Language shake-up for the Internet

18:32, October 27, 2009      

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Internet regulator Icann says the web is about to experience the "biggest change ... since it was invented 40 years ago" as it finalizes plans to introduce web addresses using non-Latin characters. The proposal, initially approved in 2008, will allow domain names written in Asian, Arabic or other scripts. If approved on October 30, Icann says it will accept the first applications by November 16.

The first Internationalised Domain Names (IDNs) could be up and running by "mid 2010" said the president of the Internet Corporation for Assigned Names and Numbers (Icann). "Of the 1.6 billion Internet users today worldwide, more than half use languages that have scripts that are not Latin-based," said Rod Beckstrom at the opening of Icann's conference in Seoul, South Korea. "So this change is very much necessary for not only half the world's Internet users today but more than half, probably, of the future users as the Internet continues to spread."

Although plans for new IDNs were approved in June 2008, testing of the system has been going on for much longer according to Peter Dengate Thrush, chairman of the board in charge of reviewing the change. "You have to appreciate what a fantastically complicated technical feature this is," he said. "What we have created is a different translation system."

The changes will be applied to the net's Domain Name System (DNS). Acting like a phone book, it translates easily understood domain names such as into strings of computer readable numbers known as IP addresses. "We are confident that it works because we have been testing it for a couple of years," said Mr Dengate Thrush. "We're really ready to start rolling it out."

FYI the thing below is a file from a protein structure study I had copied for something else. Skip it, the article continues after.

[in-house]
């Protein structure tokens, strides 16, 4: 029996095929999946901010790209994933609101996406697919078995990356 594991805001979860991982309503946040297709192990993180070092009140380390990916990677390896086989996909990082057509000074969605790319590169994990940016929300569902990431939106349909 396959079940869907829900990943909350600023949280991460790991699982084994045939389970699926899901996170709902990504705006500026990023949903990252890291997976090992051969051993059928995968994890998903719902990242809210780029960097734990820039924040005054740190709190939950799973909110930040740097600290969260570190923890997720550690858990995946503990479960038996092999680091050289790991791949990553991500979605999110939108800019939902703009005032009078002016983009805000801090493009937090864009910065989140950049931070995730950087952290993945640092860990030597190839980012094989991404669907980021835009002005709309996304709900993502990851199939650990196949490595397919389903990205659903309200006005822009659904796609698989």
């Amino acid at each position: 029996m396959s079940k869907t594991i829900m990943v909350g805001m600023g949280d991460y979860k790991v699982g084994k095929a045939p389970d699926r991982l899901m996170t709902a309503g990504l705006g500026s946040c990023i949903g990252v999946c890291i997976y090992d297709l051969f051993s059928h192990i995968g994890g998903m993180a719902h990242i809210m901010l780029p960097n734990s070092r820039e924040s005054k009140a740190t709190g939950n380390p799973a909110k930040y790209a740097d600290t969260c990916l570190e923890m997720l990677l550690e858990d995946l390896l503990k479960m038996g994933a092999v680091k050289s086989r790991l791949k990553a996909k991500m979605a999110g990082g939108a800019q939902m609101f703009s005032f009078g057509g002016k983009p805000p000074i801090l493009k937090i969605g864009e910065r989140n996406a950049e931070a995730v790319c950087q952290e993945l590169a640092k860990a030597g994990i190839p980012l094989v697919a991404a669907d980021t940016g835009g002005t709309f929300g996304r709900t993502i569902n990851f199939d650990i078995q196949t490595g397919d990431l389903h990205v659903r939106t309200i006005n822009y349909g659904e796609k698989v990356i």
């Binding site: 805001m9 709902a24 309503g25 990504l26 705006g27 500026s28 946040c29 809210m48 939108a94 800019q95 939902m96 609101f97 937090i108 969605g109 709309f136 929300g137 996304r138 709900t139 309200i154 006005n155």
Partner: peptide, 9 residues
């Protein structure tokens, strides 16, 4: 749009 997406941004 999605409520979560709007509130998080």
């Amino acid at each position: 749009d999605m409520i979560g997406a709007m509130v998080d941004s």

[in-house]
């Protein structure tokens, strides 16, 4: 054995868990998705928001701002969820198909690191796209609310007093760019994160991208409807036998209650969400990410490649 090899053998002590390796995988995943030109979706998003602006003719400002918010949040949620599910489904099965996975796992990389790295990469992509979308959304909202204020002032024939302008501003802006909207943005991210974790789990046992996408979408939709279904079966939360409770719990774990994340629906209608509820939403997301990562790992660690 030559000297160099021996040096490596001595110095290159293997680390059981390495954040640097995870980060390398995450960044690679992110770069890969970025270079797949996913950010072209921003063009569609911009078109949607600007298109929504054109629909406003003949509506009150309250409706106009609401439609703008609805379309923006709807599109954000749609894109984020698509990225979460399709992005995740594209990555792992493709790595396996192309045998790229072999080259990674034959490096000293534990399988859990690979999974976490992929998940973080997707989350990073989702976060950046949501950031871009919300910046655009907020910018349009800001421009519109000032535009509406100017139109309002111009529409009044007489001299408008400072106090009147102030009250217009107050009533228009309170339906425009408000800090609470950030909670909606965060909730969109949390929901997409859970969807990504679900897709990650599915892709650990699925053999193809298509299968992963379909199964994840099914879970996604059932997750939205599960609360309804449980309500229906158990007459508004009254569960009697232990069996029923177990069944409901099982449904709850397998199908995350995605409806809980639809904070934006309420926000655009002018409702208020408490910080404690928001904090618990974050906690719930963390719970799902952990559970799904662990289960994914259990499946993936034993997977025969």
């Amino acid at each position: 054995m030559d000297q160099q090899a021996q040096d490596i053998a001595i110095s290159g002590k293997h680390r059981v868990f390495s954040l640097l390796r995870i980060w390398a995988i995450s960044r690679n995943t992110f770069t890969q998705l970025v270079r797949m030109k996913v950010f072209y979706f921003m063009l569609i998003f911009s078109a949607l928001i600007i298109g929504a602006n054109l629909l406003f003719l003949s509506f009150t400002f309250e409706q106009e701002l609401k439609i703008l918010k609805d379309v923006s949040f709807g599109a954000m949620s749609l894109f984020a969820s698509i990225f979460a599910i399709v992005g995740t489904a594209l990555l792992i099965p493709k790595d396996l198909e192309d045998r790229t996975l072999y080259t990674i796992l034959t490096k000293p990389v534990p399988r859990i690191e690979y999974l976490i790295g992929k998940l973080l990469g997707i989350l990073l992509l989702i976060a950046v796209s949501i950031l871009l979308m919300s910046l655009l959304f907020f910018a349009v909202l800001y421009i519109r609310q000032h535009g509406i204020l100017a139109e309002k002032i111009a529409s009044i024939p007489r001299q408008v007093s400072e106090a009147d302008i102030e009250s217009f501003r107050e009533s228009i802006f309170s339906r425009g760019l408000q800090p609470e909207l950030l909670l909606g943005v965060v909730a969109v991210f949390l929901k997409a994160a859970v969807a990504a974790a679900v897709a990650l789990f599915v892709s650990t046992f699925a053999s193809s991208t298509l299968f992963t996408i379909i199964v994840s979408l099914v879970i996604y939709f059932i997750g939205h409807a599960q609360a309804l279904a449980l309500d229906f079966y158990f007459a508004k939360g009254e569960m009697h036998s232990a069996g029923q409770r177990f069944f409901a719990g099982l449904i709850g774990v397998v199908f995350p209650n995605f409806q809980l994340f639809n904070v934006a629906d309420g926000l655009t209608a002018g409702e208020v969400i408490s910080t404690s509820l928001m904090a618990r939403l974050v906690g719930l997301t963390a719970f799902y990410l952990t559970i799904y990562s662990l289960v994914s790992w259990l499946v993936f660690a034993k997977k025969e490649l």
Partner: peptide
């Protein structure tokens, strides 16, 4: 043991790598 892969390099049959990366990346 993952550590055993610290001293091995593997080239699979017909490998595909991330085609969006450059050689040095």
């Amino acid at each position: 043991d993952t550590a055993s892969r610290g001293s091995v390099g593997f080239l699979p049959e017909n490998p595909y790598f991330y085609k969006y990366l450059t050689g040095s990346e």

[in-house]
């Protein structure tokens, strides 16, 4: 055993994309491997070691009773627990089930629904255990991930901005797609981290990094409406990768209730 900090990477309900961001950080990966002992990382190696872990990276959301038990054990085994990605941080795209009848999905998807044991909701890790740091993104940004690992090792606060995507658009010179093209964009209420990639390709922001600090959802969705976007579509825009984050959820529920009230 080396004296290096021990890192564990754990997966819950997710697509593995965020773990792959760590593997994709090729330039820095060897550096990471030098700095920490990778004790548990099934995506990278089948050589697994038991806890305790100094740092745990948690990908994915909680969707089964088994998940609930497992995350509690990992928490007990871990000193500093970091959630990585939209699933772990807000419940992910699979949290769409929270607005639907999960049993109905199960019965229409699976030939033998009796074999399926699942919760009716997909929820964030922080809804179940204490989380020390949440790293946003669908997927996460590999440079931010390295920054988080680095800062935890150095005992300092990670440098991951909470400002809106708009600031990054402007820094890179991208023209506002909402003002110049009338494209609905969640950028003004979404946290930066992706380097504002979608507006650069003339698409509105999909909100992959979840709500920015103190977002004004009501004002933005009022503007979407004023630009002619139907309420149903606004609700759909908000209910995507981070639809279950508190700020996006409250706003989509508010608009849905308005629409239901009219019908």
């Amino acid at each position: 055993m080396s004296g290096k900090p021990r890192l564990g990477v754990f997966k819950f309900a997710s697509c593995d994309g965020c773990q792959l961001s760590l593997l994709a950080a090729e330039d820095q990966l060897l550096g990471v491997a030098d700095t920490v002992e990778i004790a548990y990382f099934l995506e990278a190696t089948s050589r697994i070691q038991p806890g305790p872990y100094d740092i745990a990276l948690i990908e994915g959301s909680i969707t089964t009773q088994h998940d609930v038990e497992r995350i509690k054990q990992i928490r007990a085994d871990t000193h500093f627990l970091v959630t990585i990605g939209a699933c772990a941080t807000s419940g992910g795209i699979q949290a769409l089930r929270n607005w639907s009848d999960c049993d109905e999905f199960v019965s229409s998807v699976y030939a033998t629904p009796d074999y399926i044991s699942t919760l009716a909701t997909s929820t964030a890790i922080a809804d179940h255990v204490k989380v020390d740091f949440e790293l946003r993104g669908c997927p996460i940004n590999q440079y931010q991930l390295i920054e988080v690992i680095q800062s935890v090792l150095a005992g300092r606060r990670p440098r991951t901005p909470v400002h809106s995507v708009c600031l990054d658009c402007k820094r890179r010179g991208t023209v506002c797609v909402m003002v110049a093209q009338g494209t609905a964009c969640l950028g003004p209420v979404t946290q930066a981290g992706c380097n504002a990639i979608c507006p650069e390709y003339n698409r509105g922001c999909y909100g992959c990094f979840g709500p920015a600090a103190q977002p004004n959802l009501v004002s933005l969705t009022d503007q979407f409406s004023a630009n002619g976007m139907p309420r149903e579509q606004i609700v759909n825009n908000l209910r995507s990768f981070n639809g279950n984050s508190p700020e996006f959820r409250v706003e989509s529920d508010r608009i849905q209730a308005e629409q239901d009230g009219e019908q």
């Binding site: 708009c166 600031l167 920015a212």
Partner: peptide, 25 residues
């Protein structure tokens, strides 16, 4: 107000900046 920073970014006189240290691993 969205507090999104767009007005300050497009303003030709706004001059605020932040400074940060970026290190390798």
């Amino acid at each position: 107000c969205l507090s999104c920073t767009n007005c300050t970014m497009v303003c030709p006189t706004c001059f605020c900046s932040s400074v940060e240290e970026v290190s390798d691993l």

Some countries, including China and Thailand, have already introduced workarounds that allow computer users to enter web addresses in their own language. However, these were not internationally approved and do not necessarily work on all computers. Icann, set up by the U.S. government, was founded in 1998 to oversee the development of the Internet. After years of criticism, the U.S. government eased its control over the non-profit body last month and passed a new agreement that gave Icann autonomy for the first time. The agreement came into effect on October 1 and puts it under the scrutiny of the global "Internet community".

Source: Xinhuanet/Agencies
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